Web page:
They say there are only seven original plots. Everything written before now, after, from here to eternity and back, is all a variation on those plots. I could go even further and say that in this age of remakes, just about everything is a second or third retelling of the old tales. Thus Aldous Huxley’s Brave New World becomes Sylvester Stallone’s Demolition Man. Jane Austen’s Emma is rewritten by Amy Heckerling as Clueless. And Johnny Knoxville gets to be Luke Duke in a remake version of The Dukes of Hazard. Sacrilege. And everything any of us has ever written or wanted to write becomes distorted or adapted or modified until it doesn’t look anything like the original.
I want to put a clause in my will or whatever it is you do that makes people have to follow your wishes that says that at no time can anything I ever wrote be remade into a movie starring Tom Cruise, Slyvester Stallone, Van Damme, and maybe that one guy that always has his hair slicked back into a smarmy-looking ponytail. Steven Segal. Ick. And yeah, I get that if I’m dead those guys are probably also long dead, unless they find some way to cryogenically freeze themselves so they can live forever. Which Tom Cruise and Sly Stallone have both done in movies, so it seems a likely scenario. But anyway the future will have plenty of versions of gross snakey untalented miscreants sent forth to wreak havoc and ruination on my epic zombie apocalypse novel. I mean besides the other zombie apocalypse novels and movies already out there.
Instead of giving up and sticking my head in the oven, Sylvia Plath-style, I keep going. We all should. Because just because there’s no such thing as a truly original plot doesn’t mean there aren’t gajillions of variations on the story. And if a story does sound vaguely reminiscent of another well-known tale because the star-crossed lovers have parents that don’t get along or one of them is a vampire or werewolf or a cheese-hating ninja turtle doesn’t mean that the story sucks and should be scrapped due to sad unoriginality. It just means we all have to try harder, work harder, make something interesting and funny and find the fresh take on that old man vs. nature or man vs. man or man vs. himself or whatever plot line you happen to be using.
When I write something I think about the story itself, not where it may end up someday. Part of me feels like it would be amazing to write something so popular that some creepo Hollywood dude wants to turn it into a movie with one of the Coppolas. Not Nick though. Not after Ghost Rider. And part of me feels like I should defend anything I ever write with my life, as if it were my own baby and some horrible director wanted to tattoo cat food advertisements all over it.
The truth, the story is really in the details. So what if Shakespeare wrote the basic outline for 10 Things I Hate About You? It doesn’t make either The Taming of the Shrew or Ten Things any better or worse for what they are. Sure, one is a brilliant piece of literature written in poetic but often crass iambic pentameter, while the other is a two hour teen romance flick. But lots of people have enjoyed both pieces, so it's not as if the writing of one affects the popularity of the other. They're different but the same.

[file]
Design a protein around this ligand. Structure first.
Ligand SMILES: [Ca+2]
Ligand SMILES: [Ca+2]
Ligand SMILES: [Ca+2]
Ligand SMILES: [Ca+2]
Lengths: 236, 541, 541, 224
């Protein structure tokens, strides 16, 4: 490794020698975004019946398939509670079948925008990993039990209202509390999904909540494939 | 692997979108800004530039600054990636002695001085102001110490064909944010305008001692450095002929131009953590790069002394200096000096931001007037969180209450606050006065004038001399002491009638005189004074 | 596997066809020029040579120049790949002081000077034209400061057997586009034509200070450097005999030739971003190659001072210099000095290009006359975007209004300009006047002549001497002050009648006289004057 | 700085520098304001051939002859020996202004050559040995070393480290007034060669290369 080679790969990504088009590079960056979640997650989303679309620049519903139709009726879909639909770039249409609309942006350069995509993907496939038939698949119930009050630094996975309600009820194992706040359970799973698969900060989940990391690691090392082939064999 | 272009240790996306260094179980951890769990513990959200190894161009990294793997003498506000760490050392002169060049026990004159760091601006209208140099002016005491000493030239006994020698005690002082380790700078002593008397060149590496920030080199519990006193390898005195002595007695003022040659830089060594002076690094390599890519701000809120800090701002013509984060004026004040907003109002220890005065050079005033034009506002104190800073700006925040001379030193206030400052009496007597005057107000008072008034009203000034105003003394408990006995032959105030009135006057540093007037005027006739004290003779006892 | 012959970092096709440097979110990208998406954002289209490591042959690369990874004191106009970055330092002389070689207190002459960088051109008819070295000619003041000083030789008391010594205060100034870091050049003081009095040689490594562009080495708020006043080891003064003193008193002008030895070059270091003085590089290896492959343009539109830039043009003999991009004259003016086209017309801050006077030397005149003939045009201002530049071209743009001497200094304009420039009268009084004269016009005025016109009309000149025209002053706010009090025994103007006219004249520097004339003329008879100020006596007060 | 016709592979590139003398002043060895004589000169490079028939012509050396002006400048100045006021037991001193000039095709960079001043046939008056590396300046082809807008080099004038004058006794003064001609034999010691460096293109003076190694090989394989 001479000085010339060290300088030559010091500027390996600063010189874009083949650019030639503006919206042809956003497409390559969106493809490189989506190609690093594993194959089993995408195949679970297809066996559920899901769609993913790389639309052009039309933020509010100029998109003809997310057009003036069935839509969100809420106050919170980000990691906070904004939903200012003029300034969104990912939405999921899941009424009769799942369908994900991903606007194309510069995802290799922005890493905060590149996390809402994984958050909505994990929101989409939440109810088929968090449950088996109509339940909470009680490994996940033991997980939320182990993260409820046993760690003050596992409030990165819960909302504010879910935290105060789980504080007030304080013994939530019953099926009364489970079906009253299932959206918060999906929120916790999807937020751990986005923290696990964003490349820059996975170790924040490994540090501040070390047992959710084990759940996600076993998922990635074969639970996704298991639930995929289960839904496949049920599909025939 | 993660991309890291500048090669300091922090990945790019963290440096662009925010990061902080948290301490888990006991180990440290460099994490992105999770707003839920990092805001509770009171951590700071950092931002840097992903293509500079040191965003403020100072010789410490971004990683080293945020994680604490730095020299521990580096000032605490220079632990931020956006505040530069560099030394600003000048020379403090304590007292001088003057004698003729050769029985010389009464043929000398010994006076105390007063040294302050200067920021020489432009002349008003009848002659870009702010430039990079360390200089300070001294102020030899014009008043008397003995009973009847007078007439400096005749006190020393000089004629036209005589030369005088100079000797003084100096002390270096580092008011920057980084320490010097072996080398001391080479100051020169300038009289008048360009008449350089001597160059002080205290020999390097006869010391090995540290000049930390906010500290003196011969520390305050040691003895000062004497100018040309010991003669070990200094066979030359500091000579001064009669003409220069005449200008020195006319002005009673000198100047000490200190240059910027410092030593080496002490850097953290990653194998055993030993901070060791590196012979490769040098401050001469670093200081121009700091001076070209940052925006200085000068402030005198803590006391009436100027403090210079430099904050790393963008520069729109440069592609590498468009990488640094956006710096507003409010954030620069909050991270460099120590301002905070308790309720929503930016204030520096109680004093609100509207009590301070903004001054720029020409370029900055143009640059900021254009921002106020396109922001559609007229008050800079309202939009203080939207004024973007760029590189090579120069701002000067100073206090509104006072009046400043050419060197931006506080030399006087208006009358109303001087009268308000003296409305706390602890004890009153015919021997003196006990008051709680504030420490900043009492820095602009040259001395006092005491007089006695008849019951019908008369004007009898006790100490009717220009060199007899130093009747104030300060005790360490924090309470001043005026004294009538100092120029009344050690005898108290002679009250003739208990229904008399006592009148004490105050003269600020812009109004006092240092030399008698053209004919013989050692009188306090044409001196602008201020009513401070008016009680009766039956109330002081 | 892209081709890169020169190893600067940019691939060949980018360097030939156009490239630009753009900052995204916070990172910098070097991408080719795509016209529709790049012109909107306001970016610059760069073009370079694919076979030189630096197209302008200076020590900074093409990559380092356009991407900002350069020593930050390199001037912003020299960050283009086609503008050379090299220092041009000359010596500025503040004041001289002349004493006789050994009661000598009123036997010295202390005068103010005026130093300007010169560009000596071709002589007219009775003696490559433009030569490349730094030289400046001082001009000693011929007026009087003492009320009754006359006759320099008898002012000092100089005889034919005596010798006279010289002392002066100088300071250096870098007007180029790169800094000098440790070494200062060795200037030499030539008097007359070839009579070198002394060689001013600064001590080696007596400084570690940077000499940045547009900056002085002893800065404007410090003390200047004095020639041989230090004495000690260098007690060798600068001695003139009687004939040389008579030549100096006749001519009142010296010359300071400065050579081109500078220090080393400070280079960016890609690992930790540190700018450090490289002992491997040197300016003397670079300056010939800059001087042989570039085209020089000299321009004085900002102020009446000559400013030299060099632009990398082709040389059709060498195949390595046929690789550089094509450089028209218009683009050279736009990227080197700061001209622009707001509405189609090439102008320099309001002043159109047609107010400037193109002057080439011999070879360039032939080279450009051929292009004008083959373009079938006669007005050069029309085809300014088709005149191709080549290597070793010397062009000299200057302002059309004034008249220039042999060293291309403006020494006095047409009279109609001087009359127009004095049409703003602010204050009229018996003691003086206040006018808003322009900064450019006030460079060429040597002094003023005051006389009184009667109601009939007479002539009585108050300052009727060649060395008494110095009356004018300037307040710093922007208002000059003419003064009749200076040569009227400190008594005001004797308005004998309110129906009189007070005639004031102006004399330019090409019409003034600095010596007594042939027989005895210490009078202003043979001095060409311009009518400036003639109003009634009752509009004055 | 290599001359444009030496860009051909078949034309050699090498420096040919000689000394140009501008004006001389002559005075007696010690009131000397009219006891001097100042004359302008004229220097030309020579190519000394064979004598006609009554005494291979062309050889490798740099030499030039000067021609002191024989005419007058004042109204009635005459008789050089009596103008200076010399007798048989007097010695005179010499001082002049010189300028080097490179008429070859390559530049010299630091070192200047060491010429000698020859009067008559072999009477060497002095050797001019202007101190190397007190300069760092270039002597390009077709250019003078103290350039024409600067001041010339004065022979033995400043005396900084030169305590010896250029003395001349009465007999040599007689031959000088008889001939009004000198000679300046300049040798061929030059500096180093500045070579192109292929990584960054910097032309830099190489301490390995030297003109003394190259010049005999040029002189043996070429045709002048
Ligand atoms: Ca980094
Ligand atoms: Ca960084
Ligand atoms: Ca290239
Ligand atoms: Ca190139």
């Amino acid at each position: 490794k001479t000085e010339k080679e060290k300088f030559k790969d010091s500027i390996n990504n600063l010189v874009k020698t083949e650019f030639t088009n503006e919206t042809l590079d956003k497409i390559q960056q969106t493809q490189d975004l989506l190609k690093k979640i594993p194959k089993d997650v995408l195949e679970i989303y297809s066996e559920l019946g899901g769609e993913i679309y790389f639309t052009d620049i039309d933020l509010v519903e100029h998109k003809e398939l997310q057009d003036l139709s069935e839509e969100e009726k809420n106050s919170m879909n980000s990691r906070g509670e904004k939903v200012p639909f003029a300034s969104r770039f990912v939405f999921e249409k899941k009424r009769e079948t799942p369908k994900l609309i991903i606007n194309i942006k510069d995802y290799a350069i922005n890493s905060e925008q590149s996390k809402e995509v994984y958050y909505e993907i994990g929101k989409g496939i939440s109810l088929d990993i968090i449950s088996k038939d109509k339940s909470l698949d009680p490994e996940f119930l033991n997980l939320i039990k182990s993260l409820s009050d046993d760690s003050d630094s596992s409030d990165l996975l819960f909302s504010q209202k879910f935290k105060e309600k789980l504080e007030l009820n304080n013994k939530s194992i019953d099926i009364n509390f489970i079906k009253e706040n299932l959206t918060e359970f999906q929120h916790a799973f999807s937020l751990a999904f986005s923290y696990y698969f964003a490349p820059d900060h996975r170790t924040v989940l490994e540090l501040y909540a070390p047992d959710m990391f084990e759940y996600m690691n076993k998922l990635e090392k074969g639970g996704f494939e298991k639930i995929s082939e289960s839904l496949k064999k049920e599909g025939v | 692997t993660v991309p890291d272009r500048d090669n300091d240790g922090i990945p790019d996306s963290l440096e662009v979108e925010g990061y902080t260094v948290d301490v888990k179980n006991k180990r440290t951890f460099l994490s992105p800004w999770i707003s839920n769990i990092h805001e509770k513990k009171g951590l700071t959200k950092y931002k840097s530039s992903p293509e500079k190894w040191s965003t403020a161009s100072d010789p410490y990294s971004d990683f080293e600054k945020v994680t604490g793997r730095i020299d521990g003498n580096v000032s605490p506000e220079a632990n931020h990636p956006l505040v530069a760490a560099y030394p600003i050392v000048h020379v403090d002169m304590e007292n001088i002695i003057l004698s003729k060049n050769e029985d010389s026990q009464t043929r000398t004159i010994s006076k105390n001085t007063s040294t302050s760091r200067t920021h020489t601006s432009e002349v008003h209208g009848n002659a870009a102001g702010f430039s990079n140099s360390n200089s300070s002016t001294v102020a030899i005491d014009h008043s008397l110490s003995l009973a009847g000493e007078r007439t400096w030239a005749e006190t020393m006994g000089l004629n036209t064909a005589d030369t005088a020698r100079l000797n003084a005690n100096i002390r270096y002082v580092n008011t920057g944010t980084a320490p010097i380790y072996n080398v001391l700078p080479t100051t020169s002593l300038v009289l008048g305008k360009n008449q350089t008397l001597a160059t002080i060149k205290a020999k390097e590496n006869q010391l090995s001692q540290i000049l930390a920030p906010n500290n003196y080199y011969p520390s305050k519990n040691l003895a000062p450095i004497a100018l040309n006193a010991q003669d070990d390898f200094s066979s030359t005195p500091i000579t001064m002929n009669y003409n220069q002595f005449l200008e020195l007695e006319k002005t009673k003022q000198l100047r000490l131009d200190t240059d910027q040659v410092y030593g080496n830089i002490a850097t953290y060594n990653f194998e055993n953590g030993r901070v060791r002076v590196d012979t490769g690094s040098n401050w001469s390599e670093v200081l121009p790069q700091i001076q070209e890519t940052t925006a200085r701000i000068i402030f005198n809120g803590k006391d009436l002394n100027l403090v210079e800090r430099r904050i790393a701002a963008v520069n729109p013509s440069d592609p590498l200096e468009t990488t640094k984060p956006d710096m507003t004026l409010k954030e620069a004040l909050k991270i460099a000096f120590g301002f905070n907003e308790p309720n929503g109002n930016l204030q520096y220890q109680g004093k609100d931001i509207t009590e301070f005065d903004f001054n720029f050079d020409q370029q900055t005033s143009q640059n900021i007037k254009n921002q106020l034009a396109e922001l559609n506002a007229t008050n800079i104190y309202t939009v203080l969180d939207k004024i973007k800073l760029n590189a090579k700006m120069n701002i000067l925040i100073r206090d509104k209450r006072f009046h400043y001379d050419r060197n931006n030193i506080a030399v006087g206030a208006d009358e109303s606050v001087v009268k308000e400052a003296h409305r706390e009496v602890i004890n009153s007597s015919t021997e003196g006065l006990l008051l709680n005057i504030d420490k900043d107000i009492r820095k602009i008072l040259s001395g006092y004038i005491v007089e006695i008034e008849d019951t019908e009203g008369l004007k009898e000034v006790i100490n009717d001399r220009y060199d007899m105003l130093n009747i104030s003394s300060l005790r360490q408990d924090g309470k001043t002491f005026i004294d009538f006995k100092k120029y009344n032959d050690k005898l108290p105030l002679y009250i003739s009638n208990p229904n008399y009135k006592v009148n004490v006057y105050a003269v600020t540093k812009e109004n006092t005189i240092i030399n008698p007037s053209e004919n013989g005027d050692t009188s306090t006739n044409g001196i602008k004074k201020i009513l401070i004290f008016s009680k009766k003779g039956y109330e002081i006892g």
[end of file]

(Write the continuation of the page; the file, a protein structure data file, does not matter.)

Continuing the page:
I really like the song “50 Ways to Say Goodbye” by the band Train. At first I had a “bathroom on the right/bad moon on the rise” moment and thought the chorus, like the title, was a refrain of the words “I’m all out of lies, and ways to say goodbye” but it’s not. It’s “ways to say you died.” And if you listen even closer, you hear that the chorus is really an appalling list of things the guy would tell his friends instead of saying that the girl left him and broke his heart. He would say she was drowned in a mudslide, eaten by a lion, fried getting a suntan, fell into a cement mixer full of quicksand… wow. Creative and violent deaths.
The masses may not realize it, but the melody to that particular song is a complete rip off of a song from The Phantom of the Opera. I love both takes on the melody, and the lyrics for the Train song are unique and funny and give the tune a different spin than the tragic tone that particular refrain has in the opera. They both have their place in the world of art and music and creation. They’re both good in their own way.
And so I stop worrying and I keep writing. My story might not have the basics of one of those seven original plots, but my take is unique. And someday some ghastly Hollywood guy with a ponytail might take something I did and demean it to a cheesy teen movie or horror flick. But I don’t care about that just yet. Writers write, and how other people interpret or derive a piece of fiction doesn’t change the original work itself. Shakespeare is still Shakespeare, whether a thousand people use his ideas or not. Except I heard somewhere he might not be. But that's beside the point.
Got a favorite something that is really a rip off of something else, but it's still so delicious you want to cover it in syrup and eat it with a fork? Leave your comment below.
Julie Simmons-Wixom is a certified genius who has never been officially tested. If you want to talk more about stuff that is based on other stuff email her here.